Canada Goose Management
Our management plans generally follow Canadian Geese’s seasonal timeline.
Mating season generally starts in February, where geese pair up and scout nesting sites. Then in March/April they're sitting on eggs. Goslings hatch in May-July. Molting generally lasts from June to August and pond hopping and foraging occurs from August to February.
Although most people start thinking about geese in June and July, however, it's in February that you need to start the process of Canada Goose eviction.
To develop a goose management plan for resident Canada Geese, the plan must have three components:
- Limit Reproduction
We can limit reproduction by addling eggs. Addling is the most effective method to curtailing reproduction. Nests must be federally registered. Addling can involve oiling, removing the nest, or replacing the eggs with dummies. We prefer not to remove the nests because the geese will simply find another site in the immediate area to build a new one. As a result, the geese will simply hatch another set of goslings.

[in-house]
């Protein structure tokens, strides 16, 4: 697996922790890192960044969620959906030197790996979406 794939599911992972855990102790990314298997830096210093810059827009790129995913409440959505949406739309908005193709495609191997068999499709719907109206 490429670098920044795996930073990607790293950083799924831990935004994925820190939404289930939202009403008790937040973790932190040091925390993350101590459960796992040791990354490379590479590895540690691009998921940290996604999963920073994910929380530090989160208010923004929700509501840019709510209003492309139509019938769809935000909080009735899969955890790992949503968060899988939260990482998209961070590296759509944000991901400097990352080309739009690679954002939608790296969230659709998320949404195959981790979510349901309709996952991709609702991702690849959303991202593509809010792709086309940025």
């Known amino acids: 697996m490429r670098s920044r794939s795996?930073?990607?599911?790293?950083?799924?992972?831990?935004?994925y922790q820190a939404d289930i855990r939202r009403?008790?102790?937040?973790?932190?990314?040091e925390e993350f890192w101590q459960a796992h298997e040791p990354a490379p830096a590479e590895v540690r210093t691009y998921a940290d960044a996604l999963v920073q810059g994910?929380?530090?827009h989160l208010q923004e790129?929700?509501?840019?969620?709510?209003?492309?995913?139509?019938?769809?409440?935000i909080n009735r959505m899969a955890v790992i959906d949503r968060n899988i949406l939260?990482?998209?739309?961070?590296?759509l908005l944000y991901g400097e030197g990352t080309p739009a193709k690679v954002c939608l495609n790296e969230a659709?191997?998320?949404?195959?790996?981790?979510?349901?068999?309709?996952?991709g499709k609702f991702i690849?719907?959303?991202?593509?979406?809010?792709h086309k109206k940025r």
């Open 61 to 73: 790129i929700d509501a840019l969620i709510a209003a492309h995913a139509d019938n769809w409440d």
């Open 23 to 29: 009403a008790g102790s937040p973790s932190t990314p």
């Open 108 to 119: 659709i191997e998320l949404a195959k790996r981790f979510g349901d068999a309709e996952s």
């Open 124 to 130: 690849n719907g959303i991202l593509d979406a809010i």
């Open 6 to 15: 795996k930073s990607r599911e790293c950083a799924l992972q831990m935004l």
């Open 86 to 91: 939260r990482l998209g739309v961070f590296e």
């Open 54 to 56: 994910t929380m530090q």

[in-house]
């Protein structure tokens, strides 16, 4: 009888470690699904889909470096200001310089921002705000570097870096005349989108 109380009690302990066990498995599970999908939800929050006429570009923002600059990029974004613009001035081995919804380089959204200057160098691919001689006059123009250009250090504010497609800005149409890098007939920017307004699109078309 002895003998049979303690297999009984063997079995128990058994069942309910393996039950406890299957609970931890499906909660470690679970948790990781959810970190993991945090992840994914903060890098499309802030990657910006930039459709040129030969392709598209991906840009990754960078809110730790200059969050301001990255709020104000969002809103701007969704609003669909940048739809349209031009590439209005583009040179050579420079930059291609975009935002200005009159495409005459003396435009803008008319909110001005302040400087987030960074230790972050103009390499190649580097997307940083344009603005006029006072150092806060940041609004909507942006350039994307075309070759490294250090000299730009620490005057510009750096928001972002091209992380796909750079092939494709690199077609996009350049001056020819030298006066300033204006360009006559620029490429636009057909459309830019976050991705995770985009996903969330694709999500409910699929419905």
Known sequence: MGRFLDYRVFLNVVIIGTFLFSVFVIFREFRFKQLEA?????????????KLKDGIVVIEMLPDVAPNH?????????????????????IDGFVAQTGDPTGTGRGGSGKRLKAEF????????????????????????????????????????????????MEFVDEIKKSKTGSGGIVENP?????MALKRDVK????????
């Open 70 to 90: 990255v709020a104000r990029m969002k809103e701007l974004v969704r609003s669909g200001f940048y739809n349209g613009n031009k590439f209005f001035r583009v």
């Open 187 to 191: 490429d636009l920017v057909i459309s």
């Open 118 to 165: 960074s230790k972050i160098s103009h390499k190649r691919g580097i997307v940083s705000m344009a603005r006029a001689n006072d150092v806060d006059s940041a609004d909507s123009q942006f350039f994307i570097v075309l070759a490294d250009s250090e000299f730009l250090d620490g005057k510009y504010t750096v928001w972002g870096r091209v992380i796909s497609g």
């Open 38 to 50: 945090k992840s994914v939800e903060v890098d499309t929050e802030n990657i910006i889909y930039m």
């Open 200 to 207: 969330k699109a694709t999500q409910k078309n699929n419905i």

Geese return home every year to the same location. Though they may move around, they always return to the place of their birth during mating season.
- Site Aversion
Canada geese are protected under the Migratory Bird Act of 1918, which means a dog cannot make physical contact with the geese. This is where our border collies come into play. While the dogs will not come into physical contact, we still want the geese to believe that the site is not safe. This is where hazing is a key role. We want to encourage the geese to leave the property.
- Change the Habitat
There are several options available:
- Reducing the food supply.
- Reduce the sense of security that geese have for the area.
- Reduce the ability of the geese to move easily between land and water.
- Reduce the available nesting sites.
- Provide alternate foraging areas.
The most important is for people to stop feeding the geese. They do not need humans to provide food for them. They naturally forage for themselves. By providing for themselves, geese consume the correct natural feed to keep them healthy. Additionally, if geese consume too much protein via human food or commercial feed, they can become deformed and develop 'angel wings'. This makes them physically unable to fly away, protect, and feed themselves.
See the printable Landscape Modification PDF for more in-depth information.